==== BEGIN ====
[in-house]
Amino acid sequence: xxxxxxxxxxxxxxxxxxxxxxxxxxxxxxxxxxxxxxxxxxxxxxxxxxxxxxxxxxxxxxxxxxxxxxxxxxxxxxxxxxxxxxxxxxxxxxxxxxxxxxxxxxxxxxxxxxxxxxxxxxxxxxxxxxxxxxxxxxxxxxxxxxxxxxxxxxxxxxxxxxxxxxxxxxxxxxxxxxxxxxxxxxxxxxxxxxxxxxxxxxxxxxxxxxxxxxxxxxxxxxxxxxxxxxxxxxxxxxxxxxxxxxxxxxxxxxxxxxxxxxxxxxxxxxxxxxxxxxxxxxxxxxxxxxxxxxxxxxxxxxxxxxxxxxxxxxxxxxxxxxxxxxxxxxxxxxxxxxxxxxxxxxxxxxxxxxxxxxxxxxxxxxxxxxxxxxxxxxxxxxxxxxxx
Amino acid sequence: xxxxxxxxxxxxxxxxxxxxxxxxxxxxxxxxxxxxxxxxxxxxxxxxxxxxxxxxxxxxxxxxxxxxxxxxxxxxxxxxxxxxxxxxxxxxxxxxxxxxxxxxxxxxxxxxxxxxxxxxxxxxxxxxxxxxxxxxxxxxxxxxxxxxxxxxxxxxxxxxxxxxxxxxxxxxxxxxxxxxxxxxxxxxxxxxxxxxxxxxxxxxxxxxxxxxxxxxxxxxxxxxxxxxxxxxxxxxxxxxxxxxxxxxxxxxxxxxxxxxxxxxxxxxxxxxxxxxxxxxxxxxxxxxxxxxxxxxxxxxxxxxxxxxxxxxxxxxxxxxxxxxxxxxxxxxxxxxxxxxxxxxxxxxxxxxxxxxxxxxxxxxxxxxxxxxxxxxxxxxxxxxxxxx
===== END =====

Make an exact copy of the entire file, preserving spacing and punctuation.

[in-house]
Amino acid sequence: xxxxxxxxxxxxxxxxxxxxxxxxxxxxxxxxxxxxxxxxxxxxxxxxxxxxxxxxxxxxxxxxxxxxxxxxxxxxxxxxxxxxxxxxxxxxxxxxxxxxxxxxxxxxxxxxxxxxxxxxxxxxxxxxxxxxxxxxxxxxxxxxxxxxxxxxxxxxxxxxxxxxxxxxxxxxxxxxxxxxxxxxxxxxxxxxxxxxxxxxxxxxxxxxxxxxxxxxxxxxxxxxxxxxxxxxxxxxxxxxxxxxxxxxxxxxxxxxxxxxxxxxxxxxxxxxxxxxxxxxxxxxxxxxxxxxxxxxxxxxxxxxxxxxxxxxxxxxxxxxxxxxxxxxxxxxxxxxxxxxxxxxxxxxxxxxxxxxxxxxxxxxxxxxxxxxxxxxxxxxxxxxxxxx
Amino acid sequence: xxxxxxxxxxxxxxxxxxxxxxxxxxxxxxxxxxxxxxxxxxxxxxxxxxxxxxxxxxxxxxxxxxxxxxxxxxxxxxxxxxxxxxxxxxxxxxxxxxxxxxxxxxxxxxxxxxxxxxxxxxxxxxxxxxxxxxxxxxxxxxxxxxxxxxxxxxxxxxxxxxxxxxxxxxxxxxxxxxxxxxxxxxxxxxxxxxxxxxxxxxxxxxxxxxxxxxxxxxxxxxxxxxxxxxxxxxxxxxxxxxxxxxxxxxxxxxxxxxxxxxxxxxxxxxxxxxxxxxxxxxxxxxxxxxxxxxxxxxxxxxxxxxxxxxxxxxxxxxxxxxxxxxxxxxxxxxxxxxxxxxxxxxxxxxxxxxxxxxxxxxxxxxxxxxxxxxxxxxxxxxxxxxxx